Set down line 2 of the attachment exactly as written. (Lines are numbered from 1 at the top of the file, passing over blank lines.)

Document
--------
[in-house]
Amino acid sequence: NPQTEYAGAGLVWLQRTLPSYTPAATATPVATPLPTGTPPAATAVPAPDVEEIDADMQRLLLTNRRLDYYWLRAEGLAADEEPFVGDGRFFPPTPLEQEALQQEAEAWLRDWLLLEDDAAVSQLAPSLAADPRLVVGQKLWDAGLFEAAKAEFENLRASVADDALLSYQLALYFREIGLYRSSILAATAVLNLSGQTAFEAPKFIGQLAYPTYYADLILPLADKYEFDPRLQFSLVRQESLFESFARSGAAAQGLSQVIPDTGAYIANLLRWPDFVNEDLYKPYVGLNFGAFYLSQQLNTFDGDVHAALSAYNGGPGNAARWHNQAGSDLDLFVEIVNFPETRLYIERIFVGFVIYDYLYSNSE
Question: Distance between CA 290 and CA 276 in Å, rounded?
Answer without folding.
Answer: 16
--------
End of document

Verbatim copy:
Amino acid sequence: NPQTEYAGAGLVWLQRTLPSYTPAATATPVATPLPTGTPPAATAVPAPDVEEIDADMQRLLLTNRRLDYYWLRAEGLAADEEPFVGDGRFFPPTPLEQEALQQEAEAWLRDWLLLEDDAAVSQLAPSLAADPRLVVGQKLWDAGLFEAAKAEFENLRASVADDALLSYQLALYFREIGLYRSSILAATAVLNLSGQTAFEAPKFIGQLAYPTYYADLILPLADKYEFDPRLQFSLVRQESLFESFARSGAAAQGLSQVIPDTGAYIANLLRWPDFVNEDLYKPYVGLNFGAFYLSQQLNTFDGDVHAALSAYNGGPGNAARWHNQAGSDLDLFVEIVNFPETRLYIERIFVGFVIYDYLYSNSE